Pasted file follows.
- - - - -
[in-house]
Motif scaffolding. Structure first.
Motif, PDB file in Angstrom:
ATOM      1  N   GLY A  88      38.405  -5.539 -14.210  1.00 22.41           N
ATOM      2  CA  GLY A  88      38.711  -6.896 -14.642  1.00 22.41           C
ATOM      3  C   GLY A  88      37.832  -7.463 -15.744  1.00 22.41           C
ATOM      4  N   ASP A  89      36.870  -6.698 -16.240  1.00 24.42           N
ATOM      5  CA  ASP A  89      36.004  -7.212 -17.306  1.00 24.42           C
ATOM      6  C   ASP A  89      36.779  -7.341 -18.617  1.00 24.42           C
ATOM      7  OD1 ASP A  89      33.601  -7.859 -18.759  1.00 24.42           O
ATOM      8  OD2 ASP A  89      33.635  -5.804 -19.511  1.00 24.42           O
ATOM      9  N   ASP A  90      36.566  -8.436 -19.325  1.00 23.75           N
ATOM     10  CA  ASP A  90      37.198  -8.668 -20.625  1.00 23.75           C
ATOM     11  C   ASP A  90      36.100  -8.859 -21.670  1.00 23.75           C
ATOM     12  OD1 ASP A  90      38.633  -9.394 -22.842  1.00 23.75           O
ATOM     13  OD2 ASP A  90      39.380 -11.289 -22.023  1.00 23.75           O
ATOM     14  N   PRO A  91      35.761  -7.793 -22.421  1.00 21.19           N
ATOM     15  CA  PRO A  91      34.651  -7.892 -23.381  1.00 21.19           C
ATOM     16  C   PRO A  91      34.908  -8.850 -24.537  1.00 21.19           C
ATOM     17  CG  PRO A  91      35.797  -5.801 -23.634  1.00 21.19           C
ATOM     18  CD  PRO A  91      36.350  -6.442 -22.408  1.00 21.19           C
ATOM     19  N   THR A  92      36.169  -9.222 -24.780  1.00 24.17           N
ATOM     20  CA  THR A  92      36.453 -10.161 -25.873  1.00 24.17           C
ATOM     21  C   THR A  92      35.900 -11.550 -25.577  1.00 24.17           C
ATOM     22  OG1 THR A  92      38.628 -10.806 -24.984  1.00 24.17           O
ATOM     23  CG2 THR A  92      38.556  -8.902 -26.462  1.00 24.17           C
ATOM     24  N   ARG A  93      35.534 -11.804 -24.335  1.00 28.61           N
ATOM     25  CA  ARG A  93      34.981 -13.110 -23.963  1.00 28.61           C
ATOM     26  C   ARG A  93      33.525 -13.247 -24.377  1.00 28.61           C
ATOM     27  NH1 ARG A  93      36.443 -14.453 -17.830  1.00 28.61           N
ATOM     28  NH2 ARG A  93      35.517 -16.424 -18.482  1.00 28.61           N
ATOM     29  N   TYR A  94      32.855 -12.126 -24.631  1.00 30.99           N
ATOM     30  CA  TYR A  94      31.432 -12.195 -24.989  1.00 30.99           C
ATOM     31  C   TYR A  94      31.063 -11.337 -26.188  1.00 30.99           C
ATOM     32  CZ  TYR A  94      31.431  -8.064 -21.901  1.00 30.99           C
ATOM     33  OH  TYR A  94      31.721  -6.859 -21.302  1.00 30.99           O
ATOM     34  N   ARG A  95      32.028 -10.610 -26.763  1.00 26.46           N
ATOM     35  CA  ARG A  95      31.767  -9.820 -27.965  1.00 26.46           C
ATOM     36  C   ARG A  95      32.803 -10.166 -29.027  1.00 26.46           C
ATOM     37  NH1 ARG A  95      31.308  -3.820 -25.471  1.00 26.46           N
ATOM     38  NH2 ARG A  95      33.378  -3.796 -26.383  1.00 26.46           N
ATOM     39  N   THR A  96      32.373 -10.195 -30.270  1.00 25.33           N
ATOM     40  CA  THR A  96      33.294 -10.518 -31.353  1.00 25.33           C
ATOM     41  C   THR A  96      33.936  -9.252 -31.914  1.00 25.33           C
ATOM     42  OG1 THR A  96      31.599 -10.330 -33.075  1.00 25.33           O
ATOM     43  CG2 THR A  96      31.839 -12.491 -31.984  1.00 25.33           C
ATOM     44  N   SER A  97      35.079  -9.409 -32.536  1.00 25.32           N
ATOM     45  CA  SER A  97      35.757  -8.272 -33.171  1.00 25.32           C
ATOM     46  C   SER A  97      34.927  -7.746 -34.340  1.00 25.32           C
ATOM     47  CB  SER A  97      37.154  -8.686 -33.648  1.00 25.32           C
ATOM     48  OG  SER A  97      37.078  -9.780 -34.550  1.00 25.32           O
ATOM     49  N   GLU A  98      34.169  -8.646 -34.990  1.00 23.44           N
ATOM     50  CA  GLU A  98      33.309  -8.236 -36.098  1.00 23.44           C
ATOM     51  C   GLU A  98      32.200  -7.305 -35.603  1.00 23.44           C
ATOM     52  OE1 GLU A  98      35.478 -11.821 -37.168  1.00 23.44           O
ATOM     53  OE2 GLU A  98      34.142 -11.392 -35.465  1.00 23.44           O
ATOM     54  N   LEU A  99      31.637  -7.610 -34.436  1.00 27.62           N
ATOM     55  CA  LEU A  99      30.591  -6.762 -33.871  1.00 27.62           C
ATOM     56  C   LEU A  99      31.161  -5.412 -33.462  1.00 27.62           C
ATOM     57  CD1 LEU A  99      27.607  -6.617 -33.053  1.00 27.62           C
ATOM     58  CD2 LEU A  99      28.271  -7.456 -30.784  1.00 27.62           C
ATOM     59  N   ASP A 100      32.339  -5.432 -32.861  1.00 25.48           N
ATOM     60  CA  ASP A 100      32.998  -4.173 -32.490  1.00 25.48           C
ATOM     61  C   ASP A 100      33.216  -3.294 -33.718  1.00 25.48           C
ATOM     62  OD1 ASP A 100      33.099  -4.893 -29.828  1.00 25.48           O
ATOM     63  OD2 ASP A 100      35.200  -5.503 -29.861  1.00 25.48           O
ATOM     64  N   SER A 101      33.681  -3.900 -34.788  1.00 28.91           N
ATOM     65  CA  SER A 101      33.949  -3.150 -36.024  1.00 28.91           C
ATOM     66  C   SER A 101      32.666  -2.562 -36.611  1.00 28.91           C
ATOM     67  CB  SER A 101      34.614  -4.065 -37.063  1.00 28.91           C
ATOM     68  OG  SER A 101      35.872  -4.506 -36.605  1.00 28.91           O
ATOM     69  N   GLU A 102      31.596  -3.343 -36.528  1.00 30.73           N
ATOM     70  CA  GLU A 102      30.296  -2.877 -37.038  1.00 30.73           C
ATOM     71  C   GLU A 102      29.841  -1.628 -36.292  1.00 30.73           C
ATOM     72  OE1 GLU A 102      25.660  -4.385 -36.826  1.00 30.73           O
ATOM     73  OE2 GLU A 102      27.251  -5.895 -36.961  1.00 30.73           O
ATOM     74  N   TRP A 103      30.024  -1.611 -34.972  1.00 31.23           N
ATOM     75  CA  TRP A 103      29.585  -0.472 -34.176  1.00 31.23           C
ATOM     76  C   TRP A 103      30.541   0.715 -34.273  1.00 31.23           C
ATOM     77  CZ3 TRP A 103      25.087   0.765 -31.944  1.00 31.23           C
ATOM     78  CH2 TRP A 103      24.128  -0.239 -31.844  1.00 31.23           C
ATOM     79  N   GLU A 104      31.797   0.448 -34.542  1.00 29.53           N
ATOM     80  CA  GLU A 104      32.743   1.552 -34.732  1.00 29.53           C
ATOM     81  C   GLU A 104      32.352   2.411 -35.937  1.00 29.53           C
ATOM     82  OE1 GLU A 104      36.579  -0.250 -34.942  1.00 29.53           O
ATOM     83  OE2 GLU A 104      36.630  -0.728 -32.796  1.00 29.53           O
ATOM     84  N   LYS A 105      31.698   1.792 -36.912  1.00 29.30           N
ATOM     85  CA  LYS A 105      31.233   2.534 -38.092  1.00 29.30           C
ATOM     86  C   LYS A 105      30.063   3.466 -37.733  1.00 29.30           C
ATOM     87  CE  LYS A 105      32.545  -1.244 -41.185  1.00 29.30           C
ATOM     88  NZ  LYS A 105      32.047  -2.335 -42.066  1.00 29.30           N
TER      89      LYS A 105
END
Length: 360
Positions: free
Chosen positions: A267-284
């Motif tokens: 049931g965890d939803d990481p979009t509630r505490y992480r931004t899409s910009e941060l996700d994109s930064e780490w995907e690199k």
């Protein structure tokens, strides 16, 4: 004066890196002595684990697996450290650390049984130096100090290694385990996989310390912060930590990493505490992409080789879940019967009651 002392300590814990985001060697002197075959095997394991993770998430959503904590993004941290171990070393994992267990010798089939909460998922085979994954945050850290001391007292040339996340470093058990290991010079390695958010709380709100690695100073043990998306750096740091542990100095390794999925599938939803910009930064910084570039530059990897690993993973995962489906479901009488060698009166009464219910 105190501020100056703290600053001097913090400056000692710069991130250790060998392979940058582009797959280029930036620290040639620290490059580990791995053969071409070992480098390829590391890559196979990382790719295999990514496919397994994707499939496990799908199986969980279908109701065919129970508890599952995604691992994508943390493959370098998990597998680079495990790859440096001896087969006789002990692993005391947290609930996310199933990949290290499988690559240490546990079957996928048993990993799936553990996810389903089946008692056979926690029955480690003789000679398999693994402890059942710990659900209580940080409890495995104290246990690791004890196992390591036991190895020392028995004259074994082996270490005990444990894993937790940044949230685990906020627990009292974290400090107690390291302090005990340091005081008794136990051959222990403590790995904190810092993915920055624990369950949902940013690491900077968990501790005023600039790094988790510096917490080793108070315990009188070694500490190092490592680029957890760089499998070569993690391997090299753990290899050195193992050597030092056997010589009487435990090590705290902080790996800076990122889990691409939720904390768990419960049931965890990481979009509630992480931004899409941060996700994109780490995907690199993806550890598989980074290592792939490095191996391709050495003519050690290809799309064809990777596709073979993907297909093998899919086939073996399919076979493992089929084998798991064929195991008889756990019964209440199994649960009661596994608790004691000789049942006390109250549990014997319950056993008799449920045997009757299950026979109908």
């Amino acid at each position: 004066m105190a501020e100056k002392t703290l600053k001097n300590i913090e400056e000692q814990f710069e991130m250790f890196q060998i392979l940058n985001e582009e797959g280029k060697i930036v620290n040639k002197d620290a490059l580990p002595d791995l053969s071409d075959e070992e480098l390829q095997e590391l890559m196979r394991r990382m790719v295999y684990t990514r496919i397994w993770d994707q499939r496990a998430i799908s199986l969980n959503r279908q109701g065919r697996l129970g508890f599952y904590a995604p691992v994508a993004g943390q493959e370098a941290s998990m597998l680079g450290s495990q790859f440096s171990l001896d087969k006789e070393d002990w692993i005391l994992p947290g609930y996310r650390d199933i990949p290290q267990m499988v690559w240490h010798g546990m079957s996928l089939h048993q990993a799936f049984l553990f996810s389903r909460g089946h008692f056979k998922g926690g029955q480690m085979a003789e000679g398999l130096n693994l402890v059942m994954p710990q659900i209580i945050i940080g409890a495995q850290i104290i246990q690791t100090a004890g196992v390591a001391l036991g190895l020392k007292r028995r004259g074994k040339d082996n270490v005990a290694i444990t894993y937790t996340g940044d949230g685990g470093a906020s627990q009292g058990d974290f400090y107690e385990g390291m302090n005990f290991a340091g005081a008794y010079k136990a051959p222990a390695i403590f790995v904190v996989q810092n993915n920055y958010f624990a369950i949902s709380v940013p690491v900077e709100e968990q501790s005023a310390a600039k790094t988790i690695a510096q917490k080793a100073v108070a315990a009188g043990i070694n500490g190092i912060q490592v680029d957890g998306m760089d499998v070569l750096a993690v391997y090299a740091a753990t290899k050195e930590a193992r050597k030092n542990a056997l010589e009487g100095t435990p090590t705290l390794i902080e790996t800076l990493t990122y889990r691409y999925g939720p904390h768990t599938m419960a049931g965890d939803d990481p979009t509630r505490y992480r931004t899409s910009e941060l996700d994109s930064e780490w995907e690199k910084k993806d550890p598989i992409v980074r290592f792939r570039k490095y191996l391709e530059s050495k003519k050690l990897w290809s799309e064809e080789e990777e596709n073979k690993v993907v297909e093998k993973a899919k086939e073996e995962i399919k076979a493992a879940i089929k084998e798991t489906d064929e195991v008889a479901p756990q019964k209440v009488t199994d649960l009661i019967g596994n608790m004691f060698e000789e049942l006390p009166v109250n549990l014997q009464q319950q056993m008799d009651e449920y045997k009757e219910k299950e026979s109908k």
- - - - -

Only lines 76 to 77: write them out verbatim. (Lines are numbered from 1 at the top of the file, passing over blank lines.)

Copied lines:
ATOM     73  OE2 GLU A 102      27.251  -5.895 -36.961  1.00 30.73           O
ATOM     74  N   TRP A 103      30.024  -1.611 -34.972  1.00 31.23           N